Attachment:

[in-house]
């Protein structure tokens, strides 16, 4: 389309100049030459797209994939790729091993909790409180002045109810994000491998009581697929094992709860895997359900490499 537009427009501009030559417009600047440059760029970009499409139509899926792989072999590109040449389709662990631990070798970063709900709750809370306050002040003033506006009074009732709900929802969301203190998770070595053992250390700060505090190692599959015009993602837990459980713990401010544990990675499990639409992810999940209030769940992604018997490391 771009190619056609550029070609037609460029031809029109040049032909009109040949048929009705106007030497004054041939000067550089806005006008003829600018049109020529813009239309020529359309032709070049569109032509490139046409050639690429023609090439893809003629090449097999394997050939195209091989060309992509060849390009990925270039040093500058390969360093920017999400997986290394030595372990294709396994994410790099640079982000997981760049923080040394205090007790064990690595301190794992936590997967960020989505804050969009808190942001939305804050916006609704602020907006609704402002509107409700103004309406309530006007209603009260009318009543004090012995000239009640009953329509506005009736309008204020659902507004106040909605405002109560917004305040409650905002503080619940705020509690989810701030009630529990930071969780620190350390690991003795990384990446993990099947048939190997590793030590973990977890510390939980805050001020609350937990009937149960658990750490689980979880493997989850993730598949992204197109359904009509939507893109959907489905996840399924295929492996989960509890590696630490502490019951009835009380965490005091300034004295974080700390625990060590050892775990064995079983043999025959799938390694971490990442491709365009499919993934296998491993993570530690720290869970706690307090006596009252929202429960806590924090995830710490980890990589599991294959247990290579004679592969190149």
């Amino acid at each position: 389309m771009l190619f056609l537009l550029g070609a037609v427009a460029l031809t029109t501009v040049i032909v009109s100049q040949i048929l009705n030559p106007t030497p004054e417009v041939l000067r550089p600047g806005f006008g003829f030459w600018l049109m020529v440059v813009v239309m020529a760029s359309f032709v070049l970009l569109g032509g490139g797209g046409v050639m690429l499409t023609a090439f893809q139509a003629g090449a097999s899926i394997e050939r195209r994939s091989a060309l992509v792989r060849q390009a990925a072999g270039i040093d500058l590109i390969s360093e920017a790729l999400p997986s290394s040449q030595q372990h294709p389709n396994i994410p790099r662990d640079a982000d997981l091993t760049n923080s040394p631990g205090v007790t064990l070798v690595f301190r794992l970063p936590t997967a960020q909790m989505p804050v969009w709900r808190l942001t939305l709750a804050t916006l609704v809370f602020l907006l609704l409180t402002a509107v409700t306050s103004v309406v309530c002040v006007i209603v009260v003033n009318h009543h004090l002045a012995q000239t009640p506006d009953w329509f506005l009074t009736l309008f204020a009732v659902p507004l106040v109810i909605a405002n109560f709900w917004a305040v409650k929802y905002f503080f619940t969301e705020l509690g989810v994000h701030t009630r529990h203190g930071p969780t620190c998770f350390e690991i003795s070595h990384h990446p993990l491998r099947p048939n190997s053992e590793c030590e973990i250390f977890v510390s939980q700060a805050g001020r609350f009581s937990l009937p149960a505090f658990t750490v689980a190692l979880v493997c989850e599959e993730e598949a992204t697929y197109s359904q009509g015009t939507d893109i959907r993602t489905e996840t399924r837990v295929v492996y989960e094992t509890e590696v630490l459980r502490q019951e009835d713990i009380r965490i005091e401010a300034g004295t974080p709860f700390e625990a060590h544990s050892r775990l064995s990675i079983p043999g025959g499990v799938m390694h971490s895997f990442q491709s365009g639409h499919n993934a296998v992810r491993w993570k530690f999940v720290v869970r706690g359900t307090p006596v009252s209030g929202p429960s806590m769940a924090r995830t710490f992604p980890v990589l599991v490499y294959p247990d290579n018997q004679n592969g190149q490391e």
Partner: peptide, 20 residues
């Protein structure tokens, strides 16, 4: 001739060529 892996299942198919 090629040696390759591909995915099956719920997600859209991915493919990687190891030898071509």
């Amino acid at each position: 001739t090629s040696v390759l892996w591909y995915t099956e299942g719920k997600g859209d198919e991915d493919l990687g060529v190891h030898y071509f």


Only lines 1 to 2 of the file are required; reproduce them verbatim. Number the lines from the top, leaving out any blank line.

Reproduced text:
[in-house]
């Protein structure tokens, strides 16, 4: 389309100049030459797209994939790729091993909790409180002045109810994000491998009581697929094992709860895997359900490499 537009427009501009030559417009600047440059760029970009499409139509899926792989072999590109040449389709662990631990070798970063709900709750809370306050002040003033506006009074009732709900929802969301203190998770070595053992250390700060505090190692599959015009993602837990459980713990401010544990990675499990639409992810999940209030769940992604018997490391 771009190619056609550029070609037609460029031809029109040049032909009109040949048929009705106007030497004054041939000067550089806005006008003829600018049109020529813009239309020529359309032709070049569109032509490139046409050639690429023609090439893809003629090449097999394997050939195209091989060309992509060849390009990925270039040093500058390969360093920017999400997986290394030595372990294709396994994410790099640079982000997981760049923080040394205090007790064990690595301190794992936590997967960020989505804050969009808190942001939305804050916006609704602020907006609704402002509107409700103004309406309530006007209603009260009318009543004090012995000239009640009953329509506005009736309008204020659902507004106040909605405002109560917004305040409650905002503080619940705020509690989810701030009630529990930071969780620190350390690991003795990384990446993990099947048939190997590793030590973990977890510390939980805050001020609350937990009937149960658990750490689980979880493997989850993730598949992204197109359904009509939507893109959907489905996840399924295929492996989960509890590696630490502490019951009835009380965490005091300034004295974080700390625990060590050892775990064995079983043999025959799938390694971490990442491709365009499919993934296998491993993570530690720290869970706690307090006596009252929202429960806590924090995830710490980890990589599991294959247990290579004679592969190149």